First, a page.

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Volume 21 No. 1
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Teams try to link sponsors, athletes

Indianapolis rookie quarterback Andrew Luck must make good-faith efforts to work exclusively with Colts sponsors before signing marketing deals with competing companies under the terms of the contract he signed with the club, according to sources familiar with the deal.

Fellow rookie quarterbacks Robert Griffin III, with Washington, and Miami’s Ryan Tannehill have similar language in their contracts, sources said, and agents for all three quarterbacks struggled with the clubs during contract negotiations to make the language less restrictive, if not eliminate it all together.

While language regarding an NFL player’s ability to promote and market himself varies from club to club, agents said there has been a move across the league to make it more restrictive in recent years, and especially this year.

Asked why, some agents said they thought it was an acceleration of a trend by clubs to try and control a player’s image off the field. One agent said he thought such clauses could help

Contracts for Luck (top) and Griffin require them to make an effort to work with team sponsors on marketing deals.
Photo by: GETTY IMAGES (2)
clubs secure more lucrative sponsorships with companies if there were more favorable terms for the companies to sign the athlete to a deal, as well.

As a matter of course, agents usually negotiate with the sponsors of the team that employs the player, but the contract language can give the club sponsor a better shot at signing the athlete, agents said.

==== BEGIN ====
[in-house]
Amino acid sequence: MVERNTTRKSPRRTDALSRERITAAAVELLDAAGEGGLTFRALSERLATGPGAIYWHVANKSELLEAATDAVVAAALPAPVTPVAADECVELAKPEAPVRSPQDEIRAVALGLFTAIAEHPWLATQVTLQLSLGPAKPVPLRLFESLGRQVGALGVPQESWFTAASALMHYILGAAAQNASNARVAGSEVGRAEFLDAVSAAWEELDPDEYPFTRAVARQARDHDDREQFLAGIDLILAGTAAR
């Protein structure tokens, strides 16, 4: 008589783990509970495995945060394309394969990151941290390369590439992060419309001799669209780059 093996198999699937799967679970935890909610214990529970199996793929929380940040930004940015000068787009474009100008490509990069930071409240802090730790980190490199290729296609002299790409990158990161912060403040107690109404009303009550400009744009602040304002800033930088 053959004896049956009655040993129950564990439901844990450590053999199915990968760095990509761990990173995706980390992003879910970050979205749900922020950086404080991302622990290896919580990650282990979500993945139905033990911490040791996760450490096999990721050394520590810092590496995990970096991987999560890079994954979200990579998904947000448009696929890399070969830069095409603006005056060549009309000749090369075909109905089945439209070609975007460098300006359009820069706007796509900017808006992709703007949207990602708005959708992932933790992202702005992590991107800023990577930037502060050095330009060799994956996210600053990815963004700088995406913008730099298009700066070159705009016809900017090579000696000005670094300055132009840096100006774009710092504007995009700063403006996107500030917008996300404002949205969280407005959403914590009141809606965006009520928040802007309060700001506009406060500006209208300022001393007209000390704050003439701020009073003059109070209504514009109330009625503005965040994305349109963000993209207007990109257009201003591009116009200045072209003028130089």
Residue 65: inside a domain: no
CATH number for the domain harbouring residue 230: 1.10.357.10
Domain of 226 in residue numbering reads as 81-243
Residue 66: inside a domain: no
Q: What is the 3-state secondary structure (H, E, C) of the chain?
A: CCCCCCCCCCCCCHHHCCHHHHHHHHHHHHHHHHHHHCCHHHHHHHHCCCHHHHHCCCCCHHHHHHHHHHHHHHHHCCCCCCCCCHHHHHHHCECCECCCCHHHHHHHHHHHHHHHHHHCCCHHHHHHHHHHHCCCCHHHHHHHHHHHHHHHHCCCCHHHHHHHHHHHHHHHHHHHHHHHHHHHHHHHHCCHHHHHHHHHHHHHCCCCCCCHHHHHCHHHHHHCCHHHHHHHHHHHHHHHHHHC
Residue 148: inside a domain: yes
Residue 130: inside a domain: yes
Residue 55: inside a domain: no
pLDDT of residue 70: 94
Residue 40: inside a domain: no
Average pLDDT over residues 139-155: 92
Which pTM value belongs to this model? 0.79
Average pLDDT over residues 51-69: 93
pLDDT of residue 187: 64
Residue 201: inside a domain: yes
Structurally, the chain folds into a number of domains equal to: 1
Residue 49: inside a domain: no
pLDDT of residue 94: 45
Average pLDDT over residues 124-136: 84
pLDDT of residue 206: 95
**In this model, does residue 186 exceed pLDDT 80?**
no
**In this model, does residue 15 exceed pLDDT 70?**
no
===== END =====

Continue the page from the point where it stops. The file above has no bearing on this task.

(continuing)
Luck’s agent, Will Wilson, executive vice president of football operations for Wasserman Media Group, declined to discuss the details of the quarterback’s contract but said, “The language that we agreed on is mutually acceptable and is designed to exploit synergies with the team where they exist but in no way limits Andrew’s ability to sign endorsements.”

Ben Dogra, CAA Football co-head and agent to Griffin, would not comment.

Pat Dye, Tannehill’s agent, said, “There is some obligation to use best efforts to work with team sponsors, but there is nothing preventing him from working with a company that is not a team sponsor.”

It was unclear, sources said, how it would be decided (or by whom) if there’s a dispute about whether a player used good-faith efforts — or, in Tannehill’s case, “best efforts” — to reach a deal with a team sponsor.

Dolphins spokesman Harvey Greene said the club does not comment on contracts. Redskins spokesman Tony Wyllie declined to comment. Colts spokesman Avis Roper said the team does not comment on player contracts. first reported in June that one of the hold-ups in the Colts signing Luck was the club’s proposal to add language restricting potential marketing deals for him. Colts owner Jim Irsay, via Twitter, disputed the report and said Luck would be signed soon. Luck and the Colts agreed to a deal on July 19.

Former Colts quarterback Peyton Manning was not restricted as much by the language in his contract with the club, nor by the language in the contract he signed this offseason with Denver (see related story). Agents said such restrictions were not common when Manning entered the league in 1998. Further, because of the demand among clubs for Manning as a free agent, teams didn’t have the leverage to negotiate restrictions on his ability to sign marketing deals the same way they can with players who have less market demand.

CAA Football co-head Tom Condon, who represents Manning on the field, and IMG senior vice president Alan Zucker, who represents him in off-the-field endeavors, declined to comment.